October 3, 2007

Seduced and abandoned

Two down.

Worn down. Pragmatic. Realistic. Sorry. Confused. Worried. Sad.

I met them again, after nearly a year, at a recent event through the American Women's Association. They are both in their mid-twenties. American. In Rome for a few years trying to make their way -- one in fashion design, the other in business or an international organization. Both want a "future" for which they are willing to work hard, start at the bottom, learn, stretch, grow. Instead they struggle by with English lessons, secretarial tasks and translations while Rome captures and lulls their spirit. Both have Italian men to leave behind.

One talked to an Executive search agency, an international company with an office in Rome. The woman didn't smile. She leaned over her desk and told the smart, educated, energetic younger one to get out while she could. The expert was not encouraging at all -- "a prestigious BA is incomprehensible to the locals and even an MBA would not open doors on its own." Her only suggestion was to get some work experience back in the US and then try again, with a specific skill to sell. "This is not a place to start out" was the final sentence, which my young friend has sadly taken to heart.

The other is not so definite, but has already shipped back most of her things, at least for now. SHe has found opportunities elsewhere.

Arrivederci K and C.

a domani,


Roam2Rome said...

Powerful post. Sad, but so true.

Captured many sides of familiar tales.. Two down? Maybe many more. Still, we dream and dive in...

Piccola said...

If this kind of thing happens to even the citizens of Italy, I imagine it's not out-of-ordinary to happen to a foreigner. My boyfriend has a Masters in his field and is pretty much going nowhere fast. So, he's making plans to come here to be with me and further his career. But, he's torn because he is very close with his family. His parents are from the South, Bari. It's sad, really.

Anonymous said...

Wow, I know how that feels. After many years here in Italy, I've seen many defeated expats go home after trying SO very hard to get somewhere in this country. It makes me wonder... are merit, ability & willingness worth anything here? I have an American friend who is an AMAZING leather artisan, sadly it seems Italians do not appreciate the value of her handmade leather bags so she had to take her goods stateside where many high-end boutiques gushed over her products. Why is that? In the land where quality used to count for everything, it seems like modern day Italy is selling itself out...

Elizabeth said...

Sorry to get everyone so down, I guess I hit a raw nerve. What all of you say is true, and sad, and just plain reality.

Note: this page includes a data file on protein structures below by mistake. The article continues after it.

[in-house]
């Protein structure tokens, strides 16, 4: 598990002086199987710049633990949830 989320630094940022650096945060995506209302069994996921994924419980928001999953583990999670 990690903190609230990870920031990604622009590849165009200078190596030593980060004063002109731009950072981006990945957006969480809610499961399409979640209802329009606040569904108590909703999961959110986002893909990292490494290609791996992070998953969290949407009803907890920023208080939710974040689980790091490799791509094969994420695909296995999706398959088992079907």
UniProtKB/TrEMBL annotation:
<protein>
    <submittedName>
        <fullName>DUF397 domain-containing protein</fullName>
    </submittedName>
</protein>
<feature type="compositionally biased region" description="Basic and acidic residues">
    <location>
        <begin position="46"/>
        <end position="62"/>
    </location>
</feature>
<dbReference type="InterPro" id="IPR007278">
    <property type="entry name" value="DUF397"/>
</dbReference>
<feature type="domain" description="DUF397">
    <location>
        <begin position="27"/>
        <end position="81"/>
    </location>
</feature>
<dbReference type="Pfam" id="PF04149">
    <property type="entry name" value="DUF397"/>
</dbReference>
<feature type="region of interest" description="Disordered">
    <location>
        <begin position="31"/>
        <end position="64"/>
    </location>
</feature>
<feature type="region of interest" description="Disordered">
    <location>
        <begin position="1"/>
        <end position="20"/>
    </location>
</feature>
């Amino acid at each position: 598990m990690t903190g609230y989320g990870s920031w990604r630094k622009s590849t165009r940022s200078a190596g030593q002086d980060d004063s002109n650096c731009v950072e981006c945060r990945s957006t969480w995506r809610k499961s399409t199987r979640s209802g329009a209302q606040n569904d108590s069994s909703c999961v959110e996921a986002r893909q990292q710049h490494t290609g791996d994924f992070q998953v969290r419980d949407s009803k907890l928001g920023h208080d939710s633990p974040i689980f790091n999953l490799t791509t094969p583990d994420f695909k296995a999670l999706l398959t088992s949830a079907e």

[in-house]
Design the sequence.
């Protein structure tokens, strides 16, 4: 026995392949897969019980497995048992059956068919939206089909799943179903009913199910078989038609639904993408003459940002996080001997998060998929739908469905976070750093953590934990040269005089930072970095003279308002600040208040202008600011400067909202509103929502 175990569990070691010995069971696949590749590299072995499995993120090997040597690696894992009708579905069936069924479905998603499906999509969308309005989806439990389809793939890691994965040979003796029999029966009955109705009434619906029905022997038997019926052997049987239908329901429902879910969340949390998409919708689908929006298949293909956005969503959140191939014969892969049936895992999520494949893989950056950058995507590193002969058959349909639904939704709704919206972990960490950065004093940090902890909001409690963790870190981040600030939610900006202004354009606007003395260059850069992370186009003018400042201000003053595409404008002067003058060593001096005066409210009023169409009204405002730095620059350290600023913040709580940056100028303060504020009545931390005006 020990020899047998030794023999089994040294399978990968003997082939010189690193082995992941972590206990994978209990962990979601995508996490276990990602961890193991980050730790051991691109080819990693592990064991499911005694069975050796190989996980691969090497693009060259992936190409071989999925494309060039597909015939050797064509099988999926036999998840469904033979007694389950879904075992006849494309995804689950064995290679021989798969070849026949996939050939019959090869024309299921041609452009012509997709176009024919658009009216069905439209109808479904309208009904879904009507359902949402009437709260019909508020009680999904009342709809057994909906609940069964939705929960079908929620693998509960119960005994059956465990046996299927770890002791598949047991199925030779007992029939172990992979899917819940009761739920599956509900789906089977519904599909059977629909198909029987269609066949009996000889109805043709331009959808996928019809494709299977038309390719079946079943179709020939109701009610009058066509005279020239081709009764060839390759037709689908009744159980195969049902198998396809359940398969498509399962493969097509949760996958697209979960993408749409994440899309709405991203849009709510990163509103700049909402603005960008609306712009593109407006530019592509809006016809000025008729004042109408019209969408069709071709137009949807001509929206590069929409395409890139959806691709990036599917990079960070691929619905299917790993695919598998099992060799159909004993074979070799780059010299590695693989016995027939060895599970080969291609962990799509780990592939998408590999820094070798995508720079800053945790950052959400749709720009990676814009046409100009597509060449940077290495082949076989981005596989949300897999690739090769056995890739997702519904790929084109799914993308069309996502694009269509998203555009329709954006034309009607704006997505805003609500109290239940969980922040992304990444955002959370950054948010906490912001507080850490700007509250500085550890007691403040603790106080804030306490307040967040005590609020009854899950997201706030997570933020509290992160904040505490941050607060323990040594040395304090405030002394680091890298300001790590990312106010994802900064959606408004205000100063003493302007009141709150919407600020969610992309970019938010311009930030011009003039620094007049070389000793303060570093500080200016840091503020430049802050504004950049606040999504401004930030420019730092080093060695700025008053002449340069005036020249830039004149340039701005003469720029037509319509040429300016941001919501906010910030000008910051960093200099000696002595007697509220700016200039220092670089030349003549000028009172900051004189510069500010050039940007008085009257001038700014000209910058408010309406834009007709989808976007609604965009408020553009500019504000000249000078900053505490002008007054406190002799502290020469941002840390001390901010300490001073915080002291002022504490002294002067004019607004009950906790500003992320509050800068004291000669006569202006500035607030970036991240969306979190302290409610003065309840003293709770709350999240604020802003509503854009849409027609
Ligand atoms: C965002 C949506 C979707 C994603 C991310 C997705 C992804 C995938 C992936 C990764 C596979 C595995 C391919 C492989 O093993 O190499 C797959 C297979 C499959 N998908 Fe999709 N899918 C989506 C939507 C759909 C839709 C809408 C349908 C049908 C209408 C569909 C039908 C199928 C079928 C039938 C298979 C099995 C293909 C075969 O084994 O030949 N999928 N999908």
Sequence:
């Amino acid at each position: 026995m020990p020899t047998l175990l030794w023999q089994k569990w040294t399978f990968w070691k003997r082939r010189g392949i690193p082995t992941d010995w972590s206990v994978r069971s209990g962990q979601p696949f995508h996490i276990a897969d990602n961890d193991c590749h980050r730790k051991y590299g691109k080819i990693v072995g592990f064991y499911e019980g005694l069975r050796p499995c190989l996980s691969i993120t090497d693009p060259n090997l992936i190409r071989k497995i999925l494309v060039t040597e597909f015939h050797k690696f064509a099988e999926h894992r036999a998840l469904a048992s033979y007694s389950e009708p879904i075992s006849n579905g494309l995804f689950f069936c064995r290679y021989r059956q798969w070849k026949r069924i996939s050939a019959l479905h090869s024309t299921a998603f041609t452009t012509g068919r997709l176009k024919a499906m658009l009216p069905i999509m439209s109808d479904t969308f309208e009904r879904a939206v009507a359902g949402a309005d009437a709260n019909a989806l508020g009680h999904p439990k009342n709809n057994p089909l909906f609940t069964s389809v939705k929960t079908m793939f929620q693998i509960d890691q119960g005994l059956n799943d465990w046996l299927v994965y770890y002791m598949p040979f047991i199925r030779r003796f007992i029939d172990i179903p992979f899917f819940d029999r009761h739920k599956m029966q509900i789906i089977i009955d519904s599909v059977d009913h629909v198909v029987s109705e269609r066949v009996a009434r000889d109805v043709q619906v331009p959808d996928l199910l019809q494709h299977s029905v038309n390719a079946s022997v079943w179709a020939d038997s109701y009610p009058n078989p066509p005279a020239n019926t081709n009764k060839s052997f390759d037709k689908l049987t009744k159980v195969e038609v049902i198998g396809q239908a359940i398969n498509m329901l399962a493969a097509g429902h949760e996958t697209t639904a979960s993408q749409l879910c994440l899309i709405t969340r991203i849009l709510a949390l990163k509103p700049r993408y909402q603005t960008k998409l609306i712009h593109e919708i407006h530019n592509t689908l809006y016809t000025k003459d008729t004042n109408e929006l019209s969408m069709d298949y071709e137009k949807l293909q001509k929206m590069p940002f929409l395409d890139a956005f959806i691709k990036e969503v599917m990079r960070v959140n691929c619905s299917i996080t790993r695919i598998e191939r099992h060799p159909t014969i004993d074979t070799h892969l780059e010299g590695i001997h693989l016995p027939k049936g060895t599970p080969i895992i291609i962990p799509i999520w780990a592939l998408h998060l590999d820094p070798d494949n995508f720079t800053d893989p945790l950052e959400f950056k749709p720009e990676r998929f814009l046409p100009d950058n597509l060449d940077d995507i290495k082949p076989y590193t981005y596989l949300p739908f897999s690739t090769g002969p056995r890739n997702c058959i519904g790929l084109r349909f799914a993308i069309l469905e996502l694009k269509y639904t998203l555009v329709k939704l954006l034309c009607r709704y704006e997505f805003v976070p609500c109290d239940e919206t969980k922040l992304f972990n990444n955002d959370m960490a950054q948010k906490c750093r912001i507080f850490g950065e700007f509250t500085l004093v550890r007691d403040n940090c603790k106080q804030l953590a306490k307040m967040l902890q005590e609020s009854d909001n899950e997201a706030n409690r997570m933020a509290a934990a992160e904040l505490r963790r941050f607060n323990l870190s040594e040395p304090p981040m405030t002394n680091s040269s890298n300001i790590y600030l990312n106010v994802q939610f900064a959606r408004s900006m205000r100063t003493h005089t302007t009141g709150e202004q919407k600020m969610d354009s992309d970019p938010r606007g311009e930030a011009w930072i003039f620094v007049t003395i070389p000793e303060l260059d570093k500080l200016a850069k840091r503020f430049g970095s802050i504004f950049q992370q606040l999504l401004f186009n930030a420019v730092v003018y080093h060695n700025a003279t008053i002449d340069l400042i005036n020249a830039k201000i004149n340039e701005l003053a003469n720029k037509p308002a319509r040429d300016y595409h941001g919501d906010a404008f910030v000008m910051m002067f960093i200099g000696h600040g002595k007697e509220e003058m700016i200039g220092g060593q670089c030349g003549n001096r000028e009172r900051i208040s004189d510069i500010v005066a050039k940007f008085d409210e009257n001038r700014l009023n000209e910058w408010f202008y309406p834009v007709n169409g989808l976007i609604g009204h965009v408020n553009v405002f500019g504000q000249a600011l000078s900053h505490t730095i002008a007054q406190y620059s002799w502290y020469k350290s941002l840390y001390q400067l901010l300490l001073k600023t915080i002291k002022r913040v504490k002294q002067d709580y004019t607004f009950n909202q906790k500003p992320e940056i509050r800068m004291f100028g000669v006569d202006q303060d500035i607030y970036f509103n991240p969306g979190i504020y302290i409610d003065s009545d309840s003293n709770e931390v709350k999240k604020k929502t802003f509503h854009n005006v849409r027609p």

Our conversation the other day also included how foreigns are accepted for their usefulness -- Philipinos clean homes, Poles renovate them and Anglo-Saxons spoonfeed Italians their weekly dose of English. When any of these categories gets out of line -- like a Chinese immigrant becoming a doctor, or an American selling leather bags, a subtle barrier appears. You are stepping out of line.

It is a normal immigrant thing, but we (Americans) have a hard time accepting that we are ultimately "extra comunitari" along with the rest of the world outside the UE. It is a bit arrogant of us, we consider ourselves "expats" not immigrants and set ourselves apart.

Anonymous said...

Elizabeth - I think you might have a point about us foreigners being "useful" in certain roles. I never thought of it that way before but I always felt a warm feeling of approval from Italians when I said I was an "English teacher" which I didn't get when I said I was a "lawyer."

I've noticed that a lot of Italians seem quite racist towards Chinese people and I wonder if that's because (at least in Rome) some of them have moved beyond house cleaning and Chinese restaurants and opened other businesses in which they have become quite prosperous. They've gone outside the role assigned to "extracommunitari" through sheer hard work and Italian feel jealous of their success.


Elizabeth said...

The aspiring fashion designer / secretary /English teacher also mentioned that in several recent social situations, Italians have said (jokingly?) that she was trying to take jobs away from Italians....
Maybe this all ties in with the "antipolitical" wave and the serious deficit of jobs for ALL.

Italians always preface comments about extracomunitari with, "io non sono razzista....ma...." . Hard times ahead for all because Italians have no clue what is ahead as the second/third generation of immigrants comes up with their mother-tongue Italian, Italian public school education and expectations that they can find a place in civil society, in the hospitals, banks, offices, not just in the back room washing dishes and cleaning. Italians have not even begun to consider the possibility -- a chinese/italian surgeon at the Policlinico, no way!